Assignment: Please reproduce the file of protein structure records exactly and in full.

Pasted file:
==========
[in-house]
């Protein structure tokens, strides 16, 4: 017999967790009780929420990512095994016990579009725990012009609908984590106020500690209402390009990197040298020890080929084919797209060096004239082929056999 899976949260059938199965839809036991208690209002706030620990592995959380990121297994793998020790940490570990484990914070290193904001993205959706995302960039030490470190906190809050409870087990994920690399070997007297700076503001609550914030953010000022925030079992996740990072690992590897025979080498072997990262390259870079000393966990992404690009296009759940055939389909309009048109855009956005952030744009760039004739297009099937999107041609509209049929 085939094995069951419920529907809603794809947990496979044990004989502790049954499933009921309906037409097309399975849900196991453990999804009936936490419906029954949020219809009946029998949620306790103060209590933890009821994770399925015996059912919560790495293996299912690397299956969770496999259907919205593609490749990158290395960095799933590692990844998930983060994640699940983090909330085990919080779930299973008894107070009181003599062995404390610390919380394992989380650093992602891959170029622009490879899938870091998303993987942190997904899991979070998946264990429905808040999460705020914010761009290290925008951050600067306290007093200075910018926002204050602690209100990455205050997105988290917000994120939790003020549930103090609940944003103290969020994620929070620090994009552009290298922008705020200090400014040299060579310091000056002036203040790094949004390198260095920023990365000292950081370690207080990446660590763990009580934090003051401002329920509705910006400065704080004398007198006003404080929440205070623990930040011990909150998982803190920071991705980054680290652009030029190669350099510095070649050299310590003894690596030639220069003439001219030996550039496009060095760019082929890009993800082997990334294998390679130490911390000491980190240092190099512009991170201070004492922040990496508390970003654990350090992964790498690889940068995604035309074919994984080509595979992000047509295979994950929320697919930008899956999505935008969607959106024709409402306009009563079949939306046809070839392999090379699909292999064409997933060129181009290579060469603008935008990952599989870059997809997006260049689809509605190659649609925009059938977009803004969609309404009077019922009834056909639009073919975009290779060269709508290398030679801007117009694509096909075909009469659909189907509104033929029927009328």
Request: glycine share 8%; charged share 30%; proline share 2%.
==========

[in-house]
């Protein structure tokens, strides 16, 4: 017999967790009780929420990512095994016990579009725990012009609908984590106020500690209402390009990197040298020890080929084919797209060096004239082929056999 899976949260059938199965839809036991208690209002706030620990592995959380990121297994793998020790940490570990484990914070290193904001993205959706995302960039030490470190906190809050409870087990994920690399070997007297700076503001609550914030953010000022925030079992996740990072690992590897025979080498072997990262390259870079000393966990992404690009296009759940055939389909309009048109855009956005952030744009760039004739297009099937999107041609509209049929 085939094995069951419920529907809603794809947990496979044990004989502790049954499933009921309906037409097309399975849900196991453990999804009936936490419906029954949020219809009946029998949620306790103060209590933890009821994770399925015996059912919560790495293996299912690397299956969770496999259907919205593609490749990158290395960095799933590692990844998930983060994640699940983090909330085990919080779930299973008894107070009181003599062995404390610390919380394992989380650093992602891959170029622009490879899938870091998303993987942190997904899991979070998946264990429905808040999460705020914010761009290290925008951050600067306290007093200075910018926002204050602690209100990455205050997105988290917000994120939790003020549930103090609940944003103290969020994620929070620090994009552009290298922008705020200090400014040299060579310091000056002036203040790094949004390198260095920023990365000292950081370690207080990446660590763990009580934090003051401002329920509705910006400065704080004398007198006003404080929440205070623990930040011990909150998982803190920071991705980054680290652009030029190669350099510095070649050299310590003894690596030639220069003439001219030996550039496009060095760019082929890009993800082997990334294998390679130490911390000491980190240092190099512009991170201070004492922040990496508390970003654990350090992964790498690889940068995604035309074919994984080509595979992000047509295979994950929320697919930008899956999505935008969607959106024709409402306009009563079949939306046809070839392999090379699909292999064409997933060129181009290579060469603008935008990952599989870059997809997006260049689809509605190659649609925009059938977009803004969609309404009077019922009834056909639009073919975009290779060269709508290398030679801007117009694509096909075909009469659909189907509104033929029927009328």
Request: glycine share 8%; charged share 30%; proline share 2%.